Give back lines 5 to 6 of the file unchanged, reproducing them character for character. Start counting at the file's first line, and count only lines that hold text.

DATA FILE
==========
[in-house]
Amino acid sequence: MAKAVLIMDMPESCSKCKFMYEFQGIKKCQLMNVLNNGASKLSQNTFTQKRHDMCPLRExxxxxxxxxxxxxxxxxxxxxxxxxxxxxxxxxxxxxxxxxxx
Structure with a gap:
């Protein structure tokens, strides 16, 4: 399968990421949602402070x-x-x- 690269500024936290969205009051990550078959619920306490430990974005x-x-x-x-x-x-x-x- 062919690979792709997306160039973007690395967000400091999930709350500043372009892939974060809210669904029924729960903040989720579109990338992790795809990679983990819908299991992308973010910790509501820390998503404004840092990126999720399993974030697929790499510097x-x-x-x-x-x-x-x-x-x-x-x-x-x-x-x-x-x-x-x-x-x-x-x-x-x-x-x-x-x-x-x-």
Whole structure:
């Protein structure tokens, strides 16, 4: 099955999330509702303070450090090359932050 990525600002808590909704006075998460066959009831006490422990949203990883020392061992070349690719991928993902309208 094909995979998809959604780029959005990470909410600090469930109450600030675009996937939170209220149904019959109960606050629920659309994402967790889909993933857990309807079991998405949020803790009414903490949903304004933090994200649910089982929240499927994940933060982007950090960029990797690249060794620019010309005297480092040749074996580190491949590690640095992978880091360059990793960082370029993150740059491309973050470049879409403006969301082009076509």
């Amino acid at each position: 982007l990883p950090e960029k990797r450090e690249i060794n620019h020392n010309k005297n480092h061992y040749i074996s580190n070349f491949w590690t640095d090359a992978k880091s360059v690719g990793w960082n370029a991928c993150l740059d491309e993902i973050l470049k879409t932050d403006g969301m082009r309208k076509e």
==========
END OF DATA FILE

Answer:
Whole structure:
């Protein structure tokens, strides 16, 4: 099955999330509702303070450090090359932050 990525600002808590909704006075998460066959009831006490422990949203990883020392061992070349690719991928993902309208 094909995979998809959604780029959005990470909410600090469930109450600030675009996937939170209220149904019959109960606050629920659309994402967790889909993933857990309807079991998405949020803790009414903490949903304004933090994200649910089982929240499927994940933060982007950090960029990797690249060794620019010309005297480092040749074996580190491949590690640095992978880091360059990793960082370029993150740059491309973050470049879409403006969301082009076509």